For each PageTypeDefinition the corresponding page type is located. The page types’ attributes are first serialized to a string. Thereafter the page type’s (code) properties are updated using values from the PageTypeDefinition. Finally, all of it’s attributes are again serialized and compared to the old serialized value. If the two differs the page type is saved.

The serialization is done in order to check if a page type should be updated or not. An alternative would of course be to check if each individual property had been changed, and that is also how it used to work in some early versions, but using the serialization method demands much less logic and thereby leaves less room for error.

5. Update page type’s properties

The last step of the synchronization process is updating each page type’s properties. This process involves retrieving each class’ properties and then ensuring that the class’ corresponding page type has a an (EPiServer) property that matches those. The process of updating properties is very similar to the previous step so I wont go into details about that.

As you might note the classes and attributes are located in the first step and are then, packaged into PageTypeDefinition objects, used in all of the subsequent steps.

How synchronization could work

What I would like to do is to separate the classes that developers use to define page types in code from the specification used when updating page types. This would mean introducing new classes used that are used to specify the attributes of page types and page type’s properties.

Using this approach the above described process of synchronization would be split up into two mutually independent processes. One for locating classes with the PageType attribute in the application domain and creating page type definitions based on those:

  1. Locate classes with PageType attributes
  2. Validate the located classes and attributes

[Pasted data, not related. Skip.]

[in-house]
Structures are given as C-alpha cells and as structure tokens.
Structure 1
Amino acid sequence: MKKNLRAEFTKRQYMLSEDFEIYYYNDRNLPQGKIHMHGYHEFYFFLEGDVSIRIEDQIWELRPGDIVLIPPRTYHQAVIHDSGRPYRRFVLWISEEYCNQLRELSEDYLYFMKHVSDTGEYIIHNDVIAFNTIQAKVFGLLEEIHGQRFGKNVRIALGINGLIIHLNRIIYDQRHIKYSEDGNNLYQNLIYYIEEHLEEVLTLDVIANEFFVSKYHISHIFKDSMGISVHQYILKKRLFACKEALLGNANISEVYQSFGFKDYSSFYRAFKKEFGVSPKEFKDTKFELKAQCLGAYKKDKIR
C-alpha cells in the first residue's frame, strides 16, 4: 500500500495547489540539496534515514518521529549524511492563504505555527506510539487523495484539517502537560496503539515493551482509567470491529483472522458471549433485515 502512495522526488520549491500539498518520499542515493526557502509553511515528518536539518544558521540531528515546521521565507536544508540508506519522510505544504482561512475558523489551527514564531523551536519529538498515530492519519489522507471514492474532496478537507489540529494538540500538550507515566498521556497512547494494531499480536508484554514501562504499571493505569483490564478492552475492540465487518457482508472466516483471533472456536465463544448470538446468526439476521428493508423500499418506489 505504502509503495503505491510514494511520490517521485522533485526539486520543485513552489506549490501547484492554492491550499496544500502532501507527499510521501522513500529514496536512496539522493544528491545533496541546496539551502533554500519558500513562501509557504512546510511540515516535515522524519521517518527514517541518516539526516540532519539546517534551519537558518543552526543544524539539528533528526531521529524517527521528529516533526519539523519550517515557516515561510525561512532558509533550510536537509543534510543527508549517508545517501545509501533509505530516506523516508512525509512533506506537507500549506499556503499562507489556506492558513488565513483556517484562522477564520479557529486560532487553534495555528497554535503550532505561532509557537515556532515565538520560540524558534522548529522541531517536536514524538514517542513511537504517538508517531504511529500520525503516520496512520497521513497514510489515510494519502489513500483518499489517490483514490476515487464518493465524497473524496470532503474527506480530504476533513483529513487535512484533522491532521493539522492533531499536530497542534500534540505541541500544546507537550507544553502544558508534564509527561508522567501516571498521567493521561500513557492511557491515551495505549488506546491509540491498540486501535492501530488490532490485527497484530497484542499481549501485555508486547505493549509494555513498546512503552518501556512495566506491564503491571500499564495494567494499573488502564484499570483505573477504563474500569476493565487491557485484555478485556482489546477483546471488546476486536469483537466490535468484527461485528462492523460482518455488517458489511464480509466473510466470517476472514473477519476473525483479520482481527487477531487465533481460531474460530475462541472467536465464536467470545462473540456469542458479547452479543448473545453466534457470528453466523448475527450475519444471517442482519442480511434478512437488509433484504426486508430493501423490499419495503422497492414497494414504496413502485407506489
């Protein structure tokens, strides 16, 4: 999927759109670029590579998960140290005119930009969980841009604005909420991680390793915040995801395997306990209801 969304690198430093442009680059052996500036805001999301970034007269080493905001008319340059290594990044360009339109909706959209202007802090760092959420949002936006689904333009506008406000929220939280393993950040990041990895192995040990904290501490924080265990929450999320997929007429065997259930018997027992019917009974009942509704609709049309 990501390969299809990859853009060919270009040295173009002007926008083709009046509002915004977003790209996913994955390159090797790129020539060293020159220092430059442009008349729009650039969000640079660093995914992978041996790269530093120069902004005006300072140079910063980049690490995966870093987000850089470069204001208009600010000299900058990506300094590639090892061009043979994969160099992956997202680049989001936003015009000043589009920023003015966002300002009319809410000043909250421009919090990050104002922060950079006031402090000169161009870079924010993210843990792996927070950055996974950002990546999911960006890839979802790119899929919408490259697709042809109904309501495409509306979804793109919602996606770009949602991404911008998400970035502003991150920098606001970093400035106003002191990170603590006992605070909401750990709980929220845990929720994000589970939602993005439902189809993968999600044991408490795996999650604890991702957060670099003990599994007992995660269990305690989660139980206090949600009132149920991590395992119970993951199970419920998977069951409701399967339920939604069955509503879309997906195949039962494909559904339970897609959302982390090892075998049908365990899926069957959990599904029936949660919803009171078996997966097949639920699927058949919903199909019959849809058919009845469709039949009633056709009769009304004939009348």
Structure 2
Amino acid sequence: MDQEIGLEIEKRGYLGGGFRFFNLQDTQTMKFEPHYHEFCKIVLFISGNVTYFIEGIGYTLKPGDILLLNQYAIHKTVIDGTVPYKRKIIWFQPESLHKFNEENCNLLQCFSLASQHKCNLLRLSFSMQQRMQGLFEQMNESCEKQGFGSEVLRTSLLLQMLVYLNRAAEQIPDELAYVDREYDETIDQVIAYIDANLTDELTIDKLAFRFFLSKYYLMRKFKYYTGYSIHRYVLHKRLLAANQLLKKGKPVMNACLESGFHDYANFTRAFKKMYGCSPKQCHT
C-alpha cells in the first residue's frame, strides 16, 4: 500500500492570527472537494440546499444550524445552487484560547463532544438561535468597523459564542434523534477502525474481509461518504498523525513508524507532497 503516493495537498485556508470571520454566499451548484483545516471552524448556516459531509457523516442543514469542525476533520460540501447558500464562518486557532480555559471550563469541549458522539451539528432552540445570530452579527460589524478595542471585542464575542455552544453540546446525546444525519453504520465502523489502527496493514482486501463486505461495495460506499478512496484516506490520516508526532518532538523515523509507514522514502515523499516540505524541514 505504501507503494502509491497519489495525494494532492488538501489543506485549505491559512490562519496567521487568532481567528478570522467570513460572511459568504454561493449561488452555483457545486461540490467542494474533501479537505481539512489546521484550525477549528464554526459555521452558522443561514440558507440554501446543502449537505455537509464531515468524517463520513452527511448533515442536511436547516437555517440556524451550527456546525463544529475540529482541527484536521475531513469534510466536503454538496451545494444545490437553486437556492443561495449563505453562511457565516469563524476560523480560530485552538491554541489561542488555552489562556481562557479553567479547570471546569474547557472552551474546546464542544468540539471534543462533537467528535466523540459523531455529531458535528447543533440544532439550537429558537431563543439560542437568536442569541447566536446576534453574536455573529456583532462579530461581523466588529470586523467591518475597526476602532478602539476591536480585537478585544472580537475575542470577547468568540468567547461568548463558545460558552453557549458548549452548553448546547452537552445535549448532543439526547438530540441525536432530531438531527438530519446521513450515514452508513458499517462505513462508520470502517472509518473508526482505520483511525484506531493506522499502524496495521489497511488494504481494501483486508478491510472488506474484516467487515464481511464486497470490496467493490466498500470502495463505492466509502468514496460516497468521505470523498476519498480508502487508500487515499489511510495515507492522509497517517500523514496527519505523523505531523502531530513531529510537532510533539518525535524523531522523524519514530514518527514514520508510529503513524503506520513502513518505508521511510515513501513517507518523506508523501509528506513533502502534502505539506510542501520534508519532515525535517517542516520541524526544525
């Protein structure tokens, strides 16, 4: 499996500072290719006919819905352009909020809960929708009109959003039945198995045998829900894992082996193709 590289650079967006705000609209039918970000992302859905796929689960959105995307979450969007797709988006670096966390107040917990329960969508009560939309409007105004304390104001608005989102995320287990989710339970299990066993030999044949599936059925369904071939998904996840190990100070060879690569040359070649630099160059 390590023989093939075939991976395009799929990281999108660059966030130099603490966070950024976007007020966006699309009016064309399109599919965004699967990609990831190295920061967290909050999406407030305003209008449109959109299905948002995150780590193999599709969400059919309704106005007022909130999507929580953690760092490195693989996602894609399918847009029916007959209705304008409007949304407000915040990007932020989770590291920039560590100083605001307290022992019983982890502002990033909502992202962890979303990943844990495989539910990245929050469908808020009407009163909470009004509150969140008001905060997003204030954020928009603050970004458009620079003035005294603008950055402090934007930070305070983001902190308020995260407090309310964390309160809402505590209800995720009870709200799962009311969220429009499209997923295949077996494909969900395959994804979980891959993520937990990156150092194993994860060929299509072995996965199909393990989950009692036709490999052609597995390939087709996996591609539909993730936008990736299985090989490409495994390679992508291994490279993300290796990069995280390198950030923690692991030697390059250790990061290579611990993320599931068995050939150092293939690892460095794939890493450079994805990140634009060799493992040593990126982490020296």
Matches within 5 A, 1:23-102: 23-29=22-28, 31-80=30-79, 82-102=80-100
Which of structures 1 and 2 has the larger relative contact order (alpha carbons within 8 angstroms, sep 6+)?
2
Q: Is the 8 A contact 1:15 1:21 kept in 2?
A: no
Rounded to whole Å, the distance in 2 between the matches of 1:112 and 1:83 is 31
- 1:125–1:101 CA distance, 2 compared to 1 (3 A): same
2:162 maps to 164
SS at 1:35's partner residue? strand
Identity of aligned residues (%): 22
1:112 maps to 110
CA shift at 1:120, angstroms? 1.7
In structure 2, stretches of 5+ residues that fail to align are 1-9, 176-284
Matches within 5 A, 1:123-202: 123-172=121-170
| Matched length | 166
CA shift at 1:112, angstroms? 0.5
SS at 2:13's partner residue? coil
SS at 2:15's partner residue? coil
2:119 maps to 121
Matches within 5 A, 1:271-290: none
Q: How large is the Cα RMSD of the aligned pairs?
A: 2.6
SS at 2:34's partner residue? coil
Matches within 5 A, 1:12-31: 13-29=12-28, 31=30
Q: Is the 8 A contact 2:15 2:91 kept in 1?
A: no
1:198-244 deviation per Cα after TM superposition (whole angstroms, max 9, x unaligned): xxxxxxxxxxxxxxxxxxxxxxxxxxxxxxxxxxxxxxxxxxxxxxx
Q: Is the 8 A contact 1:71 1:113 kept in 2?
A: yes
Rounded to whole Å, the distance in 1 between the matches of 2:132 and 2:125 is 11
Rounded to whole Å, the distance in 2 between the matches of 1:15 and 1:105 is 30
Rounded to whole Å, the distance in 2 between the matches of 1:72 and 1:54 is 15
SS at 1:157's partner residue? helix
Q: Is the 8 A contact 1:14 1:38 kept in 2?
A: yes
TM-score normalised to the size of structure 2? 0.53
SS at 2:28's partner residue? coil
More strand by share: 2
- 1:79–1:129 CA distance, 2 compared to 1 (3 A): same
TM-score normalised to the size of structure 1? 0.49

3. Create page type specifications based on the classes, attributes and properties

The other process would take a number or page type specifications, without caring about where they came from, and synchronize the site’s page types with those:

  1. Using some source, which is resolved at runtime, locate a set of page type specifications.
  2. Validate the page type specifications.
  3. Create any new page types
  4. Update page types
  5. Update page type’s properties


Doing this would require quite a lot of work but it would open up some interesting possibilities. It would be much simpler to add special rules and conventions. Creating some sort of admin mode functionality for removing unused page types and properties would be much simpler as that could rely on the current set of page type specifications used rather than a bunch of classes that it would have to reflect over. It would also be possible to specify page types by other means than by code.

Will it happen?

This, or something like this, is really something that I would like to do. But it would take quite a lot of time and it would also have to involve more work than just rewriting PTB. I would first like to create suite of integration tests that could be used to ensure that everything is compatible with the old version at a high level. Then the code would have to be rewritten/modified along with writing new, and modifying old, unit tests. Finally it would need to be thoroughly profiled and tested to ensure good performance.

Considering that I have a few other things on my plate freeing up the time required might be hard. I’m also not sure that the benefits outweigh the costs. Therefor I’d love to hear what you think about this idea! Does it seem like a good idea? Would it’s realization be useful to you? In what way(s)? Wondering what I’ve been smoking?

PS. For updates about new posts, sites I find useful and the occasional rant you can follow me on Twitter. You are also most welcome to subscribe to the RSS-feed.

Joel Abrahamsson

Joel Abrahamsson

I'm a passionate web developer and systems architect living in Stockholm, Sweden. I work as CTO for a large media site and enjoy developing with all technologies, especially .NET, Node.js, and ElasticSearch. Read more